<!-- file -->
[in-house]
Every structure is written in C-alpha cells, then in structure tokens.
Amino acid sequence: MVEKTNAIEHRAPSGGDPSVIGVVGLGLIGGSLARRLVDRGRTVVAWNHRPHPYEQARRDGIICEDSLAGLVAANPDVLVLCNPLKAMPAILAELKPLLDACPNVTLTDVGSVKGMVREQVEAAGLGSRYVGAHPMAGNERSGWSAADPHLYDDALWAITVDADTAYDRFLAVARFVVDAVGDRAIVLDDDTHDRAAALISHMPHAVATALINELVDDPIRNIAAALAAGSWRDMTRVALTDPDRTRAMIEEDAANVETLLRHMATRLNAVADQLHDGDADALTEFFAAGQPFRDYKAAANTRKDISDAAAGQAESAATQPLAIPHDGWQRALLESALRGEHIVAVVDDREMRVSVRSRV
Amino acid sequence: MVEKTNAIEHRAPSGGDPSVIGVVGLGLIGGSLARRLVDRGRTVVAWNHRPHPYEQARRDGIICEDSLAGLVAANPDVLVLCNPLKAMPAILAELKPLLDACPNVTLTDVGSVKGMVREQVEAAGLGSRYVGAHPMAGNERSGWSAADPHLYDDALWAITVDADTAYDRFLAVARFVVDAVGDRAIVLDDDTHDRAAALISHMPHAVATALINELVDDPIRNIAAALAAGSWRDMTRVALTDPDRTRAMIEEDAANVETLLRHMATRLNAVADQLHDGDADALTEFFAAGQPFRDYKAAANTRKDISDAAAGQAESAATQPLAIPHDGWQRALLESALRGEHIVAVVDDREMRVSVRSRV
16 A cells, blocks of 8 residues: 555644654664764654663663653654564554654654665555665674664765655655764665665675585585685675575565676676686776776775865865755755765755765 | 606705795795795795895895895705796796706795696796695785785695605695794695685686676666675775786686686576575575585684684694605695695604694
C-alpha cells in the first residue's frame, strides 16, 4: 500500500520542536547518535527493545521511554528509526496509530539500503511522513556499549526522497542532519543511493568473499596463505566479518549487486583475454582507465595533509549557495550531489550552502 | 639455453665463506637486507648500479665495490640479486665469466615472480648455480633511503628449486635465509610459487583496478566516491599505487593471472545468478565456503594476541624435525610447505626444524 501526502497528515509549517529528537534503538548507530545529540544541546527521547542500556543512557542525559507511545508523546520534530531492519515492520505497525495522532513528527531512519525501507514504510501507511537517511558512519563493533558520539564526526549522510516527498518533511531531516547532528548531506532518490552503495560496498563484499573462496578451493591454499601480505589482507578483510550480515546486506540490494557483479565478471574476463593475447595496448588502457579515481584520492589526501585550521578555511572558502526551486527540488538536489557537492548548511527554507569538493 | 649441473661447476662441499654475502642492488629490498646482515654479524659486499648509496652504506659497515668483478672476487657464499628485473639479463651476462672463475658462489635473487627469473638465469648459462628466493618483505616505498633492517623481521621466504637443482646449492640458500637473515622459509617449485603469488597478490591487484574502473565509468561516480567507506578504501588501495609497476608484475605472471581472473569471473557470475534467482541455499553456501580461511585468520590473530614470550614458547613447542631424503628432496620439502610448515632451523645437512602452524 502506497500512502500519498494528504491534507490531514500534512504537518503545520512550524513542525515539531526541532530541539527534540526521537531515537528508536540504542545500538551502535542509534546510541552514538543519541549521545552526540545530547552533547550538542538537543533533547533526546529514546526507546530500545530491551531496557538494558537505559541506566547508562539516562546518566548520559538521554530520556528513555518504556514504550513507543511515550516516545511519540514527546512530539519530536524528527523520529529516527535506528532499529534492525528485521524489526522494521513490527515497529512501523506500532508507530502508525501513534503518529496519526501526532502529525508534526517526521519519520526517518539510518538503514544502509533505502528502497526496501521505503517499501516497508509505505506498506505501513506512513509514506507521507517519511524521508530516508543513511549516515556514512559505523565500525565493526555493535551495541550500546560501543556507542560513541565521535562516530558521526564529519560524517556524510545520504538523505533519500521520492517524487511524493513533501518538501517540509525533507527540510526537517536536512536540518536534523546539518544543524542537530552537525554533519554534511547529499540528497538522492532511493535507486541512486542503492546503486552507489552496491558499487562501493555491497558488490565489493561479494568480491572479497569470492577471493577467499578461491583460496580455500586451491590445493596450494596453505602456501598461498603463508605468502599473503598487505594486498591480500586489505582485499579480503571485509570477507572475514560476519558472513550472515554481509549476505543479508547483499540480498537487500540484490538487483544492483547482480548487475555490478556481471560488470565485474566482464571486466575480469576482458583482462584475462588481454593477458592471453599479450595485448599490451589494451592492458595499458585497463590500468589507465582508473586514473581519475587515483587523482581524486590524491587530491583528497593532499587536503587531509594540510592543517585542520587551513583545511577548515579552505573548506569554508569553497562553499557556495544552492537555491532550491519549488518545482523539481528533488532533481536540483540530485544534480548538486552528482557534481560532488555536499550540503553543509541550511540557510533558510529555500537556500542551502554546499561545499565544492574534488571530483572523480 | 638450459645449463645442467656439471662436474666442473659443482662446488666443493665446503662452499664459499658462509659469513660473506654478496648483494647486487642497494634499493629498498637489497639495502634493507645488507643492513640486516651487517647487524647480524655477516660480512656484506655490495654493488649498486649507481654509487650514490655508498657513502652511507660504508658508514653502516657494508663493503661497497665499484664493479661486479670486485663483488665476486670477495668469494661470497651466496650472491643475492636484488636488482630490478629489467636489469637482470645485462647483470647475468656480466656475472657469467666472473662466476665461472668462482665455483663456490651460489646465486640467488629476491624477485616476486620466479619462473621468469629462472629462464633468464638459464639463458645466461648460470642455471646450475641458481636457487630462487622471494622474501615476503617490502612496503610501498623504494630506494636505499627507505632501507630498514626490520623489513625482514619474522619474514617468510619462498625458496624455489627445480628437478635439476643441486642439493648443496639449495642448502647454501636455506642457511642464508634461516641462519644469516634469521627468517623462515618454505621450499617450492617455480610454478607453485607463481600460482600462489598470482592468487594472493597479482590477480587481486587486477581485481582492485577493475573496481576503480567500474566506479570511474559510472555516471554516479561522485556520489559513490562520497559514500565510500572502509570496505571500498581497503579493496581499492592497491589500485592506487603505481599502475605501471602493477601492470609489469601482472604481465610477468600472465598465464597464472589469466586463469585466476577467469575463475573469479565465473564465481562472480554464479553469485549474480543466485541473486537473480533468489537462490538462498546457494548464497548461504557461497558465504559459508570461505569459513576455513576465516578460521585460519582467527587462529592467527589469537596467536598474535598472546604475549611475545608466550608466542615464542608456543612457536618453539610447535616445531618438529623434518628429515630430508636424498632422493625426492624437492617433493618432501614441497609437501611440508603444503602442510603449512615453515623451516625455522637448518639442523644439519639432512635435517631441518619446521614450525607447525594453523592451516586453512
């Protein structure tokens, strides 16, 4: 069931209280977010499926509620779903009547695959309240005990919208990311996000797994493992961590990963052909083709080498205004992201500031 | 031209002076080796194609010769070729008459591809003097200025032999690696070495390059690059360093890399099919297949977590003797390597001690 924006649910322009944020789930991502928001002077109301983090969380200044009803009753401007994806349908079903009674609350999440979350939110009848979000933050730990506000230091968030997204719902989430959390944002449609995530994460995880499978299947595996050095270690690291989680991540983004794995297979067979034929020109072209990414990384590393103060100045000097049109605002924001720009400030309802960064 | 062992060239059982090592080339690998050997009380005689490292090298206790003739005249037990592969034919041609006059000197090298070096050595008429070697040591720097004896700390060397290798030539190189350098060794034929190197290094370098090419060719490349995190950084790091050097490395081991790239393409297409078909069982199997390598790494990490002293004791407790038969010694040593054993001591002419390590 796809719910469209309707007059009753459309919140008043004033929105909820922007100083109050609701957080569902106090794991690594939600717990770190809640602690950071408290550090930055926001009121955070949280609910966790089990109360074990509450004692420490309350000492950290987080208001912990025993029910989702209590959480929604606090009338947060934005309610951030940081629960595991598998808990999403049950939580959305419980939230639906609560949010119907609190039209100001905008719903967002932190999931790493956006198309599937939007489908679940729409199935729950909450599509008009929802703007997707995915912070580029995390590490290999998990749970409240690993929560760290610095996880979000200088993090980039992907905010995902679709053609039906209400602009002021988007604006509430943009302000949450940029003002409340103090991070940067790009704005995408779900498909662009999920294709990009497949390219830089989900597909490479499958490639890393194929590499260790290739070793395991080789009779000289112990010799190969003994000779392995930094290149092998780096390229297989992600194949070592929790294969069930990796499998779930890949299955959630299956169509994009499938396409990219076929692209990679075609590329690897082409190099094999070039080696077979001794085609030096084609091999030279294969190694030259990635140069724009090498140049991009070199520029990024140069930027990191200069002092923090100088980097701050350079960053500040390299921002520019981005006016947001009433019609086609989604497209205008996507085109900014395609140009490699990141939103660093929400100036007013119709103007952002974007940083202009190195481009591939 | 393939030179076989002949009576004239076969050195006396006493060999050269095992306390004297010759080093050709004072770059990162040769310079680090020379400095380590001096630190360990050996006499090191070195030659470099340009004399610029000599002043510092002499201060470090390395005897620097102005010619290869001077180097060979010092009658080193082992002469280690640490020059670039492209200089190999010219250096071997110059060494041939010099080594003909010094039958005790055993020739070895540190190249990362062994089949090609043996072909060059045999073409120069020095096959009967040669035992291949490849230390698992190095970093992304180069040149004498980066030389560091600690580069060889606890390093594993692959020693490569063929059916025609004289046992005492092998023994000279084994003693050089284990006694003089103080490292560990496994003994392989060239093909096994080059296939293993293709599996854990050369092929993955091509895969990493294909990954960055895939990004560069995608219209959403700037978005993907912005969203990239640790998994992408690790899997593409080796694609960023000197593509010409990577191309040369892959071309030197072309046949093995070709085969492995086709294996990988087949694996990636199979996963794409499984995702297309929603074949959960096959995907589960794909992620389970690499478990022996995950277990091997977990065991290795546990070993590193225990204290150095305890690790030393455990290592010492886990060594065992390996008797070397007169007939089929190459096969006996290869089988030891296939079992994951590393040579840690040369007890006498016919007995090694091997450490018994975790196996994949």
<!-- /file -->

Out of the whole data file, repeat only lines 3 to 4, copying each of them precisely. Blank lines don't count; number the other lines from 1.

Amino acid sequence: MVEKTNAIEHRAPSGGDPSVIGVVGLGLIGGSLARRLVDRGRTVVAWNHRPHPYEQARRDGIICEDSLAGLVAANPDVLVLCNPLKAMPAILAELKPLLDACPNVTLTDVGSVKGMVREQVEAAGLGSRYVGAHPMAGNERSGWSAADPHLYDDALWAITVDADTAYDRFLAVARFVVDAVGDRAIVLDDDTHDRAAALISHMPHAVATALINELVDDPIRNIAAALAAGSWRDMTRVALTDPDRTRAMIEEDAANVETLLRHMATRLNAVADQLHDGDADALTEFFAAGQPFRDYKAAANTRKDISDAAAGQAESAATQPLAIPHDGWQRALLESALRGEHIVAVVDDREMRVSVRSRV
Amino acid sequence: MVEKTNAIEHRAPSGGDPSVIGVVGLGLIGGSLARRLVDRGRTVVAWNHRPHPYEQARRDGIICEDSLAGLVAANPDVLVLCNPLKAMPAILAELKPLLDACPNVTLTDVGSVKGMVREQVEAAGLGSRYVGAHPMAGNERSGWSAADPHLYDDALWAITVDADTAYDRFLAVARFVVDAVGDRAIVLDDDTHDRAAALISHMPHAVATALINELVDDPIRNIAAALAAGSWRDMTRVALTDPDRTRAMIEEDAANVETLLRHMATRLNAVADQLHDGDADALTEFFAAGQPFRDYKAAANTRKDISDAAAGQAESAATQPLAIPHDGWQRALLESALRGEHIVAVVDDREMRVSVRSRV